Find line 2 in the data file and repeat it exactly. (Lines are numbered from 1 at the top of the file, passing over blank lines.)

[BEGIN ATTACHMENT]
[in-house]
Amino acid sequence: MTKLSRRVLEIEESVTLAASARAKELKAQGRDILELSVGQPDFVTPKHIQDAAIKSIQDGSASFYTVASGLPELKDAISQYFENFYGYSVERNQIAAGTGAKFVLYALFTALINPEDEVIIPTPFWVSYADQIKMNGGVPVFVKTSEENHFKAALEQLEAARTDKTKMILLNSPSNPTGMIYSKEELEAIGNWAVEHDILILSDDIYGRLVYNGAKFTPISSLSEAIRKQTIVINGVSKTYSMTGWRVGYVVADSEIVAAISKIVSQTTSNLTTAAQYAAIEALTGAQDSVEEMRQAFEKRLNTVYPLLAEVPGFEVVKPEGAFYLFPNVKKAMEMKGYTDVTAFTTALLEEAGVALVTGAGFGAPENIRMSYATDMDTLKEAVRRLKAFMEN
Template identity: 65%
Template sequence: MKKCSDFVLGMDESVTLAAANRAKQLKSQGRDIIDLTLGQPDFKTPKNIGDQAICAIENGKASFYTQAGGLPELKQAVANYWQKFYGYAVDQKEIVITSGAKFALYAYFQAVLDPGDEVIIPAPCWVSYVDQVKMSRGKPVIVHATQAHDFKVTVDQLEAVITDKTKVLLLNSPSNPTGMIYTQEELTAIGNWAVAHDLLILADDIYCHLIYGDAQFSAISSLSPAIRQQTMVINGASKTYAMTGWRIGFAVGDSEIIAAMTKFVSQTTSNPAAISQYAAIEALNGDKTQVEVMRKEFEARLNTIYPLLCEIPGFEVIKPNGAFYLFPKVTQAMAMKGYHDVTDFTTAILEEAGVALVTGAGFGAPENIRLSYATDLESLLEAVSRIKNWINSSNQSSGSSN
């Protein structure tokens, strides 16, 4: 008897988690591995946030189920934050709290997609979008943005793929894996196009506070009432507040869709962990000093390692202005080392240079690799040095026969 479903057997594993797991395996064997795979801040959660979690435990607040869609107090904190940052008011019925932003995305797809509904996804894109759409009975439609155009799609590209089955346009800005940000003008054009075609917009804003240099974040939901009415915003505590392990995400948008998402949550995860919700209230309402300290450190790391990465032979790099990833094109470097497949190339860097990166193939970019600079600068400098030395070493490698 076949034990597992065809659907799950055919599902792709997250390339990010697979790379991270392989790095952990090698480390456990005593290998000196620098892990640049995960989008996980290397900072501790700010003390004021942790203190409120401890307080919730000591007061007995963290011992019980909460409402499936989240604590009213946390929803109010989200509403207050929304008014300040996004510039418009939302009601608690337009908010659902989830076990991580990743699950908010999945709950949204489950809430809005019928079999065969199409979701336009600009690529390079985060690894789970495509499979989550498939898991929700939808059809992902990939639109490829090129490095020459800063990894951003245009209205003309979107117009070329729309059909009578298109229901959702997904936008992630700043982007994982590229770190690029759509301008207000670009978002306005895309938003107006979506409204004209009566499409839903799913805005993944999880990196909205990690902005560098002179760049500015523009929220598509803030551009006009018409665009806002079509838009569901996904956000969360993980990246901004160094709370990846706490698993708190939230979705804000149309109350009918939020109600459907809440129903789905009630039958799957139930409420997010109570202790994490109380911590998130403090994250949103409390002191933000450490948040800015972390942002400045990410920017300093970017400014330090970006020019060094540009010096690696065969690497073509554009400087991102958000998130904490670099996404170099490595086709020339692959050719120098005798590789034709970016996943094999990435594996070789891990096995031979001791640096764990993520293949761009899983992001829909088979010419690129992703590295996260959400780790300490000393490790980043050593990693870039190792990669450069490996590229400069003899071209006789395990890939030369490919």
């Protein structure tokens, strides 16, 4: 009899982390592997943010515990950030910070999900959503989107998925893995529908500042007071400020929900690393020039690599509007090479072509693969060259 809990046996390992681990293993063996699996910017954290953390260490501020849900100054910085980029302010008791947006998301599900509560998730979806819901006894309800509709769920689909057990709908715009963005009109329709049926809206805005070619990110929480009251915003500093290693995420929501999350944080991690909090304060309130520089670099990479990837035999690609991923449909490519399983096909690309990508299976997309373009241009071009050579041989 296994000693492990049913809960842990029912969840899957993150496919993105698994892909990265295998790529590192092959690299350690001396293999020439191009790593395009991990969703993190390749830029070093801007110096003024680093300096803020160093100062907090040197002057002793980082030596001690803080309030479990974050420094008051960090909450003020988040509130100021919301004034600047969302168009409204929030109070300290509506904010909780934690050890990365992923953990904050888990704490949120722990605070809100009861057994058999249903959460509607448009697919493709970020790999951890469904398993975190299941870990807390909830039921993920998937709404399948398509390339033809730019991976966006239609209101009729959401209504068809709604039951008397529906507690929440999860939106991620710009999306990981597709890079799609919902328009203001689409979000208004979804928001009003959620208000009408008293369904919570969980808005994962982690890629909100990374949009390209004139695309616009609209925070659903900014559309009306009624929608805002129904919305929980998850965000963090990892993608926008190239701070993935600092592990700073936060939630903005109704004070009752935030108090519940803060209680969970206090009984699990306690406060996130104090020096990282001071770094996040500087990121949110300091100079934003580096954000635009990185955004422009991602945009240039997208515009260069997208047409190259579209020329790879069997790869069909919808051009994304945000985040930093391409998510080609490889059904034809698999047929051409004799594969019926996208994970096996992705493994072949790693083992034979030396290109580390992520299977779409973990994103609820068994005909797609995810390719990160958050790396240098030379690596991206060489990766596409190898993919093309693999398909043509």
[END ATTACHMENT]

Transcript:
Amino acid sequence: MTKLSRRVLEIEESVTLAASARAKELKAQGRDILELSVGQPDFVTPKHIQDAAIKSIQDGSASFYTVASGLPELKDAISQYFENFYGYSVERNQIAAGTGAKFVLYALFTALINPEDEVIIPTPFWVSYADQIKMNGGVPVFVKTSEENHFKAALEQLEAARTDKTKMILLNSPSNPTGMIYSKEELEAIGNWAVEHDILILSDDIYGRLVYNGAKFTPISSLSEAIRKQTIVINGVSKTYSMTGWRVGYVVADSEIVAAISKIVSQTTSNLTTAAQYAAIEALTGAQDSVEEMRQAFEKRLNTVYPLLAEVPGFEVVKPEGAFYLFPNVKKAMEMKGYTDVTAFTTALLEEAGVALVTGAGFGAPENIRMSYATDMDTLKEAVRRLKAFMEN